When Alexei Navalny returned to Russia this month, the world collectively held its breath: Would he or wouldn’t he be arrested on his return to his homeland?
What many feared would happen then took place. On passing passport control, he was arrested, and now faces a Feb. 2 hearing on whether his suspended three-and-a-half-year prison sentence for fraud should be converted to jail time. What ensued we all know: Saturday’s countrywide demonstrations.
Navalny was rushed from Russia to Germany last August after having been poisoned with a novichok nerve agent — a deed for which the Kremlin denies all responsibility. But why did he return? And why did his arrest provoke such fervent protests?
The answer to the first question is simple: Navalny is a Russian politician with political ambitions in Russia, which means that, if he wanted a political future, he needed to return rather than stay in exile. But his return was still courageous, given that most opposition leaders in Russia face imprisonment or even death, such as Boris Nemtsov, who was killed within a stone’s throw of the Kremlin in 2015.
The second question deserves a closer look. Navalny’s anti-corruption campaign resonated with many throughout the country.
He was intelligent in not targeting President Vladimir Putin himself, but rather many of his allies lower down the totem pole, because this is where the everyday voter throughout the country is being hurt. True, upon Navalny’s arrest, his organization released the video of Putin’s alleged palace on the Black Sea, of which the president denies ownership. For many Russians, it would not be surprising if the president, the head of the communist party or the czar lived in splendor — that is part of the country’s history. Where the everyman objects is when local authorities or the lower echelons of the leadership structure engage in such practices. Uncovering those levels of corruption were precisely where Navalny’s organization hit.
Navalny has been around for a long time. In 2013, he was even permitted to run for mayor of Moscow. After he was sentenced to five and a half years in prison on fraud charges in the same year, the sentence was overturned by a superior court in the face of 7,000 demonstrators outside of the Kremlin. That was then and now is now. Since 2013, Navalny has mounted a credible opposition to Putin and his base has grown and grown.
Last year’s local elections proved that Navalny’s “smart voting” strategy could be successful, as his supporters won deputy mayoral positions in two cities.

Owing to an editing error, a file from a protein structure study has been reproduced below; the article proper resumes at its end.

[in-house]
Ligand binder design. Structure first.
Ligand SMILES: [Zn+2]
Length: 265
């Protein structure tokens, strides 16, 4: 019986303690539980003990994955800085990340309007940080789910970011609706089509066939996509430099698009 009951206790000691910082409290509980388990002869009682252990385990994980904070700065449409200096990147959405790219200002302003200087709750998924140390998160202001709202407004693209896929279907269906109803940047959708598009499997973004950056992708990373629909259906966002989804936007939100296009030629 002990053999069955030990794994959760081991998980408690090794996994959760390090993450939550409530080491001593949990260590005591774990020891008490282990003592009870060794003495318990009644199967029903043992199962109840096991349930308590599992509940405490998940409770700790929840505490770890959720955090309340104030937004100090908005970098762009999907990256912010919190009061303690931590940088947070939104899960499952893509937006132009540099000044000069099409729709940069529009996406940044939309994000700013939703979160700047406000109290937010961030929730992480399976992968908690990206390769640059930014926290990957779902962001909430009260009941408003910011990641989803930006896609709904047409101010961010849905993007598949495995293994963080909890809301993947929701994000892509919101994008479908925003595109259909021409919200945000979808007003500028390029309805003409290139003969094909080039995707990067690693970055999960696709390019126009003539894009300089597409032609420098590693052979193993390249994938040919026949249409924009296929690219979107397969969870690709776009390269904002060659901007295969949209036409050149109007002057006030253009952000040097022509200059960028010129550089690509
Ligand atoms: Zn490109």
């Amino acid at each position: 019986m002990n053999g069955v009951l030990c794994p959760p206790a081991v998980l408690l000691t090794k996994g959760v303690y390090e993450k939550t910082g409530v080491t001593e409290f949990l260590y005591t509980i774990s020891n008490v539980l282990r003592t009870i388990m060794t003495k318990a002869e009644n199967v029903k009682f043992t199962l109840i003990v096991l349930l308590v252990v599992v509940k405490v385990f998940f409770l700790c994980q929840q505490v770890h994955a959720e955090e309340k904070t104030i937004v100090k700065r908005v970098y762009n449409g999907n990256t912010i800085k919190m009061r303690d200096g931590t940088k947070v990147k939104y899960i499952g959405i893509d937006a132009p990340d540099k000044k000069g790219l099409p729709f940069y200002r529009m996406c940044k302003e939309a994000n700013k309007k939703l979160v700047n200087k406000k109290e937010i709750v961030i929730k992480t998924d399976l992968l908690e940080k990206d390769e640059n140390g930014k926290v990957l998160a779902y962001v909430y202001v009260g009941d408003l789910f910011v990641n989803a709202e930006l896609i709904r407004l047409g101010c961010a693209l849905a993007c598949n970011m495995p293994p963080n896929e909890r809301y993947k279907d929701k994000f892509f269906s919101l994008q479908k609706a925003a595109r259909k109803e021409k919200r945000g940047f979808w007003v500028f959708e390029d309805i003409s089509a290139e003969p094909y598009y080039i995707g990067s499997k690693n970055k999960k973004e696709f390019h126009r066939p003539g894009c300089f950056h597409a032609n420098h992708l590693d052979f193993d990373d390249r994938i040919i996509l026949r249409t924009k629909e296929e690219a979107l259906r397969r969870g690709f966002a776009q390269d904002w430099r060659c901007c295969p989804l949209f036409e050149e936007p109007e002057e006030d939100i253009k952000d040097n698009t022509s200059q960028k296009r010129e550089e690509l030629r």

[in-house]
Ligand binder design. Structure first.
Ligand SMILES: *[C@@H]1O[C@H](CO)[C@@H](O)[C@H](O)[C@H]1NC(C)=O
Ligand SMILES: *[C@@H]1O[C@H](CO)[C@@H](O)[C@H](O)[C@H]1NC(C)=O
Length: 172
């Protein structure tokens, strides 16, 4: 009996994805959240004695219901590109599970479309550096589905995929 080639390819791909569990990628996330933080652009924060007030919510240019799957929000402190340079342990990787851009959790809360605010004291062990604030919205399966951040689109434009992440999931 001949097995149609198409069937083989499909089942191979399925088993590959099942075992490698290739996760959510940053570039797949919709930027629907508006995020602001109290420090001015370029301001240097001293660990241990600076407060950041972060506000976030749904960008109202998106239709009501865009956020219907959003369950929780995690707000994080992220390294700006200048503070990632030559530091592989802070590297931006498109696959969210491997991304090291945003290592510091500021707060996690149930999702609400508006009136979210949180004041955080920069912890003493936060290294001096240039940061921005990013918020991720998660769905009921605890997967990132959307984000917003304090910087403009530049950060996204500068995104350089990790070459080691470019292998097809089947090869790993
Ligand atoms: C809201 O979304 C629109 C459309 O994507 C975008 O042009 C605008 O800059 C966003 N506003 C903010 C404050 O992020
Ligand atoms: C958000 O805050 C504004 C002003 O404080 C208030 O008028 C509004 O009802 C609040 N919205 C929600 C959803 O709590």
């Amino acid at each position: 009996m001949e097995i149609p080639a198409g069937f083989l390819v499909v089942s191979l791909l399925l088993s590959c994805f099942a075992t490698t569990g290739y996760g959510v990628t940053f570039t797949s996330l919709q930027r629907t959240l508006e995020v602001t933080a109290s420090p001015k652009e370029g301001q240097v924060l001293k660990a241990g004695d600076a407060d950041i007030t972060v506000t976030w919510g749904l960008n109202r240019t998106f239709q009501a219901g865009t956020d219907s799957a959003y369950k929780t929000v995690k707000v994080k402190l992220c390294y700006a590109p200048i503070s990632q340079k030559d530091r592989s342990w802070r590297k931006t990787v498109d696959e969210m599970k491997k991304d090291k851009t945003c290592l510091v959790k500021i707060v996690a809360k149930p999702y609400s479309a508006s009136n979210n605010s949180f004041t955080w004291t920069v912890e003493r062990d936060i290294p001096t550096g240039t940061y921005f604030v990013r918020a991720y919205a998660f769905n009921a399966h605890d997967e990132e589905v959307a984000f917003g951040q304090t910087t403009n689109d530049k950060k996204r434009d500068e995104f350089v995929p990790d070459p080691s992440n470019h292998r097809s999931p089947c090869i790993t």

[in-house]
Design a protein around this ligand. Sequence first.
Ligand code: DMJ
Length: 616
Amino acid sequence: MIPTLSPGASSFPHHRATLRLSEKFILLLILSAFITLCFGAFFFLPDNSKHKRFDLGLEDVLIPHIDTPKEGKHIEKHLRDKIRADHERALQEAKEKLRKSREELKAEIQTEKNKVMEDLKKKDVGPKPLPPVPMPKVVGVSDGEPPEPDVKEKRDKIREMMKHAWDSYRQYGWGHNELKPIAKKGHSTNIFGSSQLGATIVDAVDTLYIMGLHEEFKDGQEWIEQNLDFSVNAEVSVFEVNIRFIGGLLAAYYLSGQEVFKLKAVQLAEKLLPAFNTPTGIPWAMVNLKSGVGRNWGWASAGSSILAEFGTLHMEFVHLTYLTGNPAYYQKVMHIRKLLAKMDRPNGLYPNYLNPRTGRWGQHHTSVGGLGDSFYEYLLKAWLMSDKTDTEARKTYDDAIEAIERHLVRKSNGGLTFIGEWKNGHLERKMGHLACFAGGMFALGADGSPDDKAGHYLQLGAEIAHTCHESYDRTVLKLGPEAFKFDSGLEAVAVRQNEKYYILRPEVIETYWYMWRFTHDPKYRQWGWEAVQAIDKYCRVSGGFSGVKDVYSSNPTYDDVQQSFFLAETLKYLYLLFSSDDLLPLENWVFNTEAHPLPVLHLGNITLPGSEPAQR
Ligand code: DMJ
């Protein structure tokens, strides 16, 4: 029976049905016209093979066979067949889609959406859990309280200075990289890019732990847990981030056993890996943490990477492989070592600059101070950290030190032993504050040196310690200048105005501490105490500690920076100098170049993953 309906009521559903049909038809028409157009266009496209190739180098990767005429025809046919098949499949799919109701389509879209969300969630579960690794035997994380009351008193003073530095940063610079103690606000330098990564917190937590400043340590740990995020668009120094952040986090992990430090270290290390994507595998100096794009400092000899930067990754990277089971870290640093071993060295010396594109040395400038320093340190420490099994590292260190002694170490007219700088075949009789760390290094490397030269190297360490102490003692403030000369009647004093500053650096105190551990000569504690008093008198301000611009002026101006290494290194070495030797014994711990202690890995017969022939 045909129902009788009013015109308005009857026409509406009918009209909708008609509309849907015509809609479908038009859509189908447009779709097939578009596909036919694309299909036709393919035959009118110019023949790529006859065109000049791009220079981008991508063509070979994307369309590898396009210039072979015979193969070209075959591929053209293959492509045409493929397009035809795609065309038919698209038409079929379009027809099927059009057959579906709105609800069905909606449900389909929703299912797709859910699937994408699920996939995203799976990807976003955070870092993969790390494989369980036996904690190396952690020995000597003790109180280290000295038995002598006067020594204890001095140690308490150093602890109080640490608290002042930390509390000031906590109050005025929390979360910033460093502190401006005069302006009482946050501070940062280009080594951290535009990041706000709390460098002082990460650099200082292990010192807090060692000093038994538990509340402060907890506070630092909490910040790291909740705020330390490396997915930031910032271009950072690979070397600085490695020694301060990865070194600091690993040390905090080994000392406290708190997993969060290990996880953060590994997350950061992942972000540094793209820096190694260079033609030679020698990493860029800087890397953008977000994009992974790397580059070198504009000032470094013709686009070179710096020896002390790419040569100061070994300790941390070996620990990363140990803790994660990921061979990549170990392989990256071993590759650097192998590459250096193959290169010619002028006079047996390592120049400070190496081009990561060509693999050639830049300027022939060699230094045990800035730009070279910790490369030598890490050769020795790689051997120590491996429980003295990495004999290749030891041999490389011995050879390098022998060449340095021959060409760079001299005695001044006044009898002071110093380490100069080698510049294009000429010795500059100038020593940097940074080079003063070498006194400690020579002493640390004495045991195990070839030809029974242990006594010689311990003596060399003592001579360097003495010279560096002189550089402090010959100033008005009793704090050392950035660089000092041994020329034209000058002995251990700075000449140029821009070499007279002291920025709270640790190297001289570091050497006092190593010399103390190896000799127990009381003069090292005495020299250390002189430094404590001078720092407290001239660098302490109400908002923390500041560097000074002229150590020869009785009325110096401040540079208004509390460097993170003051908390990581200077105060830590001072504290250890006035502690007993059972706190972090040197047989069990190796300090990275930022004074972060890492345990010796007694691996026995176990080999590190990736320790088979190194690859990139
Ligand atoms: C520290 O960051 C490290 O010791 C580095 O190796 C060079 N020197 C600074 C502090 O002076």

Saturday’s demonstrations were the largest since 2018, when people took to the streets to demonstrate against corruption and a planned hike of the retirement age. What sets the weekend’s demonstrations apart is that they brought people out on to the streets in more cities across the country.
Russia will this year elect representatives to the Duma (parliament), which increases the focus on Saturday’s demonstrations, as well as those planned for Jan. 31. On Saturday, 35,000 people took to Moscow’s streets. They were joined by many more across the country. More than 3,500 were detained, including key players in Navalny’s organization.
These demonstrations constituted a different manifestation of Russian opposition in many ways, as the protesters dared to break through police cordons. Several observers noted that as many as 44 percent of the demonstrators took to the streets for the first time. Youth and female participation was also strong. All of this reminds us of what happened in Belarus and Kyrgyzstan last year.
What unfolded in Russia on Saturday was not just a test for Putin’s hold on power. It also tested the efficacy of Navalny’s organization and how Western countries would react.
EU foreign ministers on Monday condemned Navalny’s arrest and the government’s use of force during the demonstrations. The bloc’s High Representative for Foreign Affairs and Security Policy Josep Borrell will meet with Russian Foreign Minister Sergey Lavrov on Feb. 5 to discuss Navalny’s arrest and the demonstrations. In the meantime, the EU is contemplating new, more targeted sanctions against high-profile representatives of the Russian regime. However, it took the bloc two months to react after Navalny was poisoned. Given the current healthcare and economic challenges in Europe, one should probably not expect too much.
Navalny has mounted a credible opposition to Putin and his base has grown and grown.
At the same time, the overall geopolitical situation has changed with the inauguration of the new US Biden administration, which will put more emphasis on democracy and human rights than Donald Trump did. It is also wary of a massive cyberattack on key government agencies, as well as the accusation of Russia’s meddling in the 2020 presidential election. Joe Biden firmly raised all of these issues in his first telephone conversation with Putin on Tuesday.
In other words, the Western world has become more overtly critical of Putin, while neighboring countries like Belarus also face more opposition.
In the context of the upcoming parliamentary elections in Russia, it is well worth keeping a close eye on how Navalny and his movement fares and how Putin responds. Russia matters to the world: It is a premier supplier of energy, a near neighbor to Europe and China, and the owner of the world’s second-largest arsenal of nuclear weapons.
Cornelia Meyer is a Ph.D.-level economist with 30 years of experience in investment banking and industry. She is chairperson and CEO of business consultancy Meyer Resources.